There is no little irony . . .

. . . in the fact that it is during our weeks in John 6, that we hear of the sale of an artwork of Jesus which sells for $450million.

As we learnt last week, Jesus offers us life, true life, life that satisfies, and it won’t cost us a penny.

Yet people do not come easily, or always willingly to Jesus. We like to think that the decision about who Jesus is and what he offers is ours to make. So we size him up, check the claims and draw our conclusions; a bit like authenticating a work of art.


Today however, we will find that no one can come to Jesus unless he draws us to him. In truth the boot is on the other foot. We bring nothing to the table. He is the ‘Salvadore Mundi’, the Saviour of the world, and we can not save ourselves.


Who do you think you are?

Like me you may have been someone who, having read the Gospel accounts of Jesus, got the impression that what Jesus said and did, well they were just inevitable. Jesus, Saviour of the world, who is on a journey to Jerusalem, who at every step does what has been mapped out and he simply does what he was only ever going to do.

But what if it wasn’t actually like that?

What if the story of Jesus’ life was an unravelling one. One where he has decisions and choices to make, options about what he is to say, or even who he is to be. We see this clearly in stories like the temptation at the start of his ministry and in the garden near the end of it. And we’ll see it today, in John 6, as Jesus wows the crowd by feeding 5,000 but, facing the possibility of being a popularist leader, decides on a different route. The route to be a different kind of leader, a different kind of king, a different kind of Messiah.


Giles Fraser . . .

. . . if you haven’t come across him before, might be described as a modern-day Daniel in the lion’s den. He is an Anglican priest who writes a weekly column for the less than pro-faith Guardian newspaper and is a regular on BBC Radio 4’s Thought for the Day.

And he’s not one to shy away from controversy. This week he railed against how faith is portrayed by the BBC citing the co-presenters of Radio 4’s Today who described Thought for the Day as ‘deeply, deeply boring’ – John Humphries and ‘they are all roughly the same’ – Justin Webb.

In response Fraser argues – Quite simply, you cannot understand the world unless you understand something about the way that faith functions in the lives of its adherents.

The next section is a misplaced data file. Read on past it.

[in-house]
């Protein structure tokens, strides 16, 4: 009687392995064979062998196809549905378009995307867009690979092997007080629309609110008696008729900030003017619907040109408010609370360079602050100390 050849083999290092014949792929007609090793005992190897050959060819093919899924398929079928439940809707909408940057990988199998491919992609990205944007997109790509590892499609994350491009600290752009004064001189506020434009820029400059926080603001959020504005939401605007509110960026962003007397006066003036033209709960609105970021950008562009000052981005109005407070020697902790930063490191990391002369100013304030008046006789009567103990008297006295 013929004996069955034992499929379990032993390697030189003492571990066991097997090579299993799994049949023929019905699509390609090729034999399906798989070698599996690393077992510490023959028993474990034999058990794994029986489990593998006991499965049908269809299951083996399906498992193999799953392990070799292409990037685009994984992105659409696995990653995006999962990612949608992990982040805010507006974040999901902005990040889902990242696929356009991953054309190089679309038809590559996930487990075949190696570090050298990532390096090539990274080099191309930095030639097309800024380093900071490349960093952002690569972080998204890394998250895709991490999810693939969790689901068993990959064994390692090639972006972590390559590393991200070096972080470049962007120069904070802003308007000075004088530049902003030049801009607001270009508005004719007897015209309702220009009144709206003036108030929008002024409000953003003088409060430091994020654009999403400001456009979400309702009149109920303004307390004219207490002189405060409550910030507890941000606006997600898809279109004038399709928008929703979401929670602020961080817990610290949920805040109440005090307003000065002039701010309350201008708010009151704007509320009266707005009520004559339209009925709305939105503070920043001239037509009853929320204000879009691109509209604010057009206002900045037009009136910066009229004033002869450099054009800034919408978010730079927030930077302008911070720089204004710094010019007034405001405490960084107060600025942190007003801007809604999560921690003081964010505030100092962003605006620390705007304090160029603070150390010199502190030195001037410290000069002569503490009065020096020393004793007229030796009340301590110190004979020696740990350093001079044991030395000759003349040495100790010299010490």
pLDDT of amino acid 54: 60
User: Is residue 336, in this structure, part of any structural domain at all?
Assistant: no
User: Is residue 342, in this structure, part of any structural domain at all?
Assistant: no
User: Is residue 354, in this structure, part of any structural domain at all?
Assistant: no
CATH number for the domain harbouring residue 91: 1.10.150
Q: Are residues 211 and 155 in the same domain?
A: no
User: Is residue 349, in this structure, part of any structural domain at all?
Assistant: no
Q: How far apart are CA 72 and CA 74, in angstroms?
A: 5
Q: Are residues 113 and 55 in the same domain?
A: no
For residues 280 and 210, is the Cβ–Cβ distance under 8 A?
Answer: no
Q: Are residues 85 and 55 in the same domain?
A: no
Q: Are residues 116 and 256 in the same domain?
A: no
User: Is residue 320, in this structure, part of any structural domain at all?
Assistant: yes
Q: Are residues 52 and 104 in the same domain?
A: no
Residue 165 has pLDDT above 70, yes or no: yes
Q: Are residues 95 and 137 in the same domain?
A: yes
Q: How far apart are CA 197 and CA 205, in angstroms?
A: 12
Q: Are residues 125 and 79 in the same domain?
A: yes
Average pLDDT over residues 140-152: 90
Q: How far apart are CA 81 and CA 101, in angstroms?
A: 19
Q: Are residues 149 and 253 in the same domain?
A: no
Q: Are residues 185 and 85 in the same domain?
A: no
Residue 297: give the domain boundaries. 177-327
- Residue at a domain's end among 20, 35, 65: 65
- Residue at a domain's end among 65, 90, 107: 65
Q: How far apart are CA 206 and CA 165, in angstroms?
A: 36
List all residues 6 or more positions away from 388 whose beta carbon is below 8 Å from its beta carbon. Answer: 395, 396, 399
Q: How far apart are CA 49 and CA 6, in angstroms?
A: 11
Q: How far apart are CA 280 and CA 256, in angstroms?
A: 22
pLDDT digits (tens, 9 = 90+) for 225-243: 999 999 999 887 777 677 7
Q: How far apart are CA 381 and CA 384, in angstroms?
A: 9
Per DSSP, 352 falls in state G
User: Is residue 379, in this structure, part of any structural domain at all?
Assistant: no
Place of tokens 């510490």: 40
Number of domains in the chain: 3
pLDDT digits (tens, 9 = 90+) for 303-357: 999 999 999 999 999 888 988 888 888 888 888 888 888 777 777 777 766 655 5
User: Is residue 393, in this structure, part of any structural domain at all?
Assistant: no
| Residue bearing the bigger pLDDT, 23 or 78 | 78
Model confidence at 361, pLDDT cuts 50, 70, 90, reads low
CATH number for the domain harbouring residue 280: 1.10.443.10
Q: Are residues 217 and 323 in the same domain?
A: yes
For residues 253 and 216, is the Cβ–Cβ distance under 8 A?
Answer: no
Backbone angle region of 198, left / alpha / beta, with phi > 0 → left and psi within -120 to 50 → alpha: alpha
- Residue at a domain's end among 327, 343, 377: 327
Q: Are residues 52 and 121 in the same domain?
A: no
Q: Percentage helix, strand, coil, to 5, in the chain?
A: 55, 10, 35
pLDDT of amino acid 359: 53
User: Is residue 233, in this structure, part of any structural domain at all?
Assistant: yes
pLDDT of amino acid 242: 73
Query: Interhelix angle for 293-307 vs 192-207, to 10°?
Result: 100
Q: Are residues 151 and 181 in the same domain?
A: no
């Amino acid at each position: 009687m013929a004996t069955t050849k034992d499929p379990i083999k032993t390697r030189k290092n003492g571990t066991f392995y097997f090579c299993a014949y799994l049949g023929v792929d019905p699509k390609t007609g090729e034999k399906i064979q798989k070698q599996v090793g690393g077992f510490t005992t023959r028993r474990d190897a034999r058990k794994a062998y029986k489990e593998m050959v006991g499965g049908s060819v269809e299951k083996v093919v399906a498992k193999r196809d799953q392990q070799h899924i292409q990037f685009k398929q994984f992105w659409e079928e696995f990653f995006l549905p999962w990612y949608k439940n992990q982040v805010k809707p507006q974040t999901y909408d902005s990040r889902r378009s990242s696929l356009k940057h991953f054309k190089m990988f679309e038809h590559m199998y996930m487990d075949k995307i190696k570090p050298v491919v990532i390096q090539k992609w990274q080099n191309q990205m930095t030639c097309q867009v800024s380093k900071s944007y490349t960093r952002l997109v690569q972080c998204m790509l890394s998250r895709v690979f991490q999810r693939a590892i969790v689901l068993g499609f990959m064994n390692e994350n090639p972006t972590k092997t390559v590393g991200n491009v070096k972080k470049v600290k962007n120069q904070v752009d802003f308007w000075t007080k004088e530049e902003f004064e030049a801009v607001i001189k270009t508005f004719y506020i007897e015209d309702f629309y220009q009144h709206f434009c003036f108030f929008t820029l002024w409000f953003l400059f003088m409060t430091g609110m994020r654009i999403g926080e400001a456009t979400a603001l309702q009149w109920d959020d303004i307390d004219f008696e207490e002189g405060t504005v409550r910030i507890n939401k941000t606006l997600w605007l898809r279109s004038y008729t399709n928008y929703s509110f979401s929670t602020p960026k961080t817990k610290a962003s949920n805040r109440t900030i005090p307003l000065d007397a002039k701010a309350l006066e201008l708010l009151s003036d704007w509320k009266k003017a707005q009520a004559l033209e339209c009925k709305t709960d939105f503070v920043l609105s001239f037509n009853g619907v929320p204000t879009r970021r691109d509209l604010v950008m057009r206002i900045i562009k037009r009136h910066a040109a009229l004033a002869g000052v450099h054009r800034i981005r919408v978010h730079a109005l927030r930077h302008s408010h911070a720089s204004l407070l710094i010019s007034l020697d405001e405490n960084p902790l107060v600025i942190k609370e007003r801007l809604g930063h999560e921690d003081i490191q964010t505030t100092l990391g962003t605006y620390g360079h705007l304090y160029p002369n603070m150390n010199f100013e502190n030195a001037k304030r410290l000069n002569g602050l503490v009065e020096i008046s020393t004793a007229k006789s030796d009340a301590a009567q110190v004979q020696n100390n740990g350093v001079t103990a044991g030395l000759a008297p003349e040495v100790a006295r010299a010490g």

Thought for the Day is two minutes and 40 seconds of God-talk in a three-hour radio programme about politics, sport and culture. Discussions about the racing tips often take up as much time as that given over to the world’s faiths.

Which made me think. Where are we having our daily conversation about faith in a secular world? A few snatched minutes, in a day filled with activity, media and screens?


This coming Tuesday . . .

. . . will see the 500th anniversary of the start of the Reformation. The years running up to it and the the years soon after saw a seismic shift in the beliefs and practices of the Christians church and we all live in the light of it. This morning we will be re-telling the story of what happened (with a few gags thrown in) and then describe something of its legacy. You may well be surprised at what this story throws up, along with having a few ‘Aha!’ moments as we discover some of the reasons for why we ‘do church’ today in the way we do.


Tonight we will be welcoming our friends from The Message who will be sharing faith and news of the upcoming Youth Mission in Manchester of which our young people will be a part.


News has now emerged . . .

. . . from the scientific community of the collision of two neutron stars. The thing is, that what was observed back in August actually happened 130 million years ago – its just taken 130 million years for the light to reach us. One scientist said that this is relatively close to us as he is used to dealing with objects 10 or 20 times as distant. And the details get even more amazing. At the point of the collision and collapse the density of matter was hugely increased. In fact the resulting matter was just 15km across, but contained mass equivalent to the whole of the sun, (which is 865,000 miles across) or, if you like, compressing the human population of the world into a sugar cube.


The Psalmists were a funny lot, trying to make sense of their world and of God, using the language of poem and song. Sometimes we consider what they wrote as outdated, scientifically naive. But I would still affirm that they were on to something when they wrote, ‘He counts the number of the stars; He gives names to all of them. Great is our Lord and abundant in strength; His understanding is infinite.’ Psalm 147:4-5